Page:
Here’s from a blog:
The U.S. DoD, much like other large organizations, is a user of OSS in almost every part of its software toolchain. From Firefox to access the internet, Kubernetes to orchestrate containers on internal data centers and the public cloud,Why is DoD using Firefox?
curlto make HTTP requests, PyTorch to create and run machine learning models, the examples of OSS in use across the DoD are endless. In addition to being a first-party user of these software and toolchains, the DoD also uses OSS daily as components of third-party software acquired from contractors.
This represents a shift in the US government’s thinking to use open source as a service (and hopefully) pay for it. Numerous big tech companies use open source components in their proprietary services without ploughing back the share due to the developers. It costs significant resources to maintain open source.
However, I still see a lot of usual acrimony on the Linux user groups and the “community”. For example, if Ubuntu changes the packaging manager, there will be a torrent of negativity on their comment portion. I have a soft corner for them, because they were the first distro to ship CD’s across the world. They made genuine efforts to spread open source and encourage its adoption. Arguably, Fedora (or even Suse) are excellent alternatives to Ubuntu, but there are enough reasons to cheer them on. Open source also needs clear advocacy on use and pay scenarios.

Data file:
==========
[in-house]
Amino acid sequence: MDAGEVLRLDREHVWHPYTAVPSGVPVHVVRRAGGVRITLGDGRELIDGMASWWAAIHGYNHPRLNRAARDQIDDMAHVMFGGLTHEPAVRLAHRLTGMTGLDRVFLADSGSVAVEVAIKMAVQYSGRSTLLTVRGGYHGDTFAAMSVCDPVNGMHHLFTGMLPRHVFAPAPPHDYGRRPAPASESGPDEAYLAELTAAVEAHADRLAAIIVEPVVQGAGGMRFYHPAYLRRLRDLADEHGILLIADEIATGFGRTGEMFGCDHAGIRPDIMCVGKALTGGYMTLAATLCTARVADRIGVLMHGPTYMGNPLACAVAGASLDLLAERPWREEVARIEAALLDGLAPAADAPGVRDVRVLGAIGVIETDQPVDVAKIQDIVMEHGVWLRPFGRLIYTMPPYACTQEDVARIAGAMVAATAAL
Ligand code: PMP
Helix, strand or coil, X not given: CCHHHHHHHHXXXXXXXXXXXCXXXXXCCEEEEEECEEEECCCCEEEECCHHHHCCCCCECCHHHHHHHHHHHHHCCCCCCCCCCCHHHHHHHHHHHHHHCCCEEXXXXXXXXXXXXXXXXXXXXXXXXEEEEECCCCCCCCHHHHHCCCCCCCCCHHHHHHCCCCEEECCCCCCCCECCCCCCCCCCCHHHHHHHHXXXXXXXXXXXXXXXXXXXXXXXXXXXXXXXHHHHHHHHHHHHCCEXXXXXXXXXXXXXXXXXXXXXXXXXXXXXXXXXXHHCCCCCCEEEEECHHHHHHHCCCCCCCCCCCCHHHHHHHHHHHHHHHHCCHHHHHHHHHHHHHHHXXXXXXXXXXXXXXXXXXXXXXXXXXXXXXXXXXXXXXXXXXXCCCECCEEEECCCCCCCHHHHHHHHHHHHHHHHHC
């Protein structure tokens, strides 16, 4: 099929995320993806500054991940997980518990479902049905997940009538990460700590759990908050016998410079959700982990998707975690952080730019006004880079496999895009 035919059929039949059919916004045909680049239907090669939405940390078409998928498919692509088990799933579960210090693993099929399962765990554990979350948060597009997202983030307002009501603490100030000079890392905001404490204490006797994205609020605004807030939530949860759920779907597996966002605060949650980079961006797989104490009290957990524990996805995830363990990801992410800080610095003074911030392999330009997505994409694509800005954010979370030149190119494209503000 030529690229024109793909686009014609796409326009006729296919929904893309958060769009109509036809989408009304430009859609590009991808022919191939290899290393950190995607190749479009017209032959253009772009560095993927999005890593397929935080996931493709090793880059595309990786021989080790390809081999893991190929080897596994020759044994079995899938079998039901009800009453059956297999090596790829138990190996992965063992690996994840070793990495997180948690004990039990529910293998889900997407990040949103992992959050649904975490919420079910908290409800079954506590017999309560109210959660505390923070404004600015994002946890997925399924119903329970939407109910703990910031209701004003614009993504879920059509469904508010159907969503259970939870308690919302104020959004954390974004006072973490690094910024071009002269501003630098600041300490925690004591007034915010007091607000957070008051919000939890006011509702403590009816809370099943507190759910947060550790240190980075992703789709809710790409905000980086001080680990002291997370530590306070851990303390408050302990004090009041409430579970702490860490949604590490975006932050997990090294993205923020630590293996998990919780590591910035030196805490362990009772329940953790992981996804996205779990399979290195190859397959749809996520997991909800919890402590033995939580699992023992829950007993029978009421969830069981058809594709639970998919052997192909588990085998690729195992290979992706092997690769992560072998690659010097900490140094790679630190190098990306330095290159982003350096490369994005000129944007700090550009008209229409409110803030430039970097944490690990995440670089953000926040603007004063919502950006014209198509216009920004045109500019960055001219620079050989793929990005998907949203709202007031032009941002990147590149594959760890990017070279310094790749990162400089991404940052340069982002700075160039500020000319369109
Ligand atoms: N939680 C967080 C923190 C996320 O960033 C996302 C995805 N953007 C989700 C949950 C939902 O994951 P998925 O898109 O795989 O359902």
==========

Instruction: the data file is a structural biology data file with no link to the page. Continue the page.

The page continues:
Nevertheless, my heart is open source, because it will encourage the younger generation to tinker with the software and bring in incremental improvements. Proprietary software (with subscription) is the worst solution. I have grown old and cynical, and I don’t have patience/time to do distro-hopping. Yet, Linux was a welcome option to break from the Microsoft’s “default” option. I hope more government departments encourage and use (and pay) for open source software.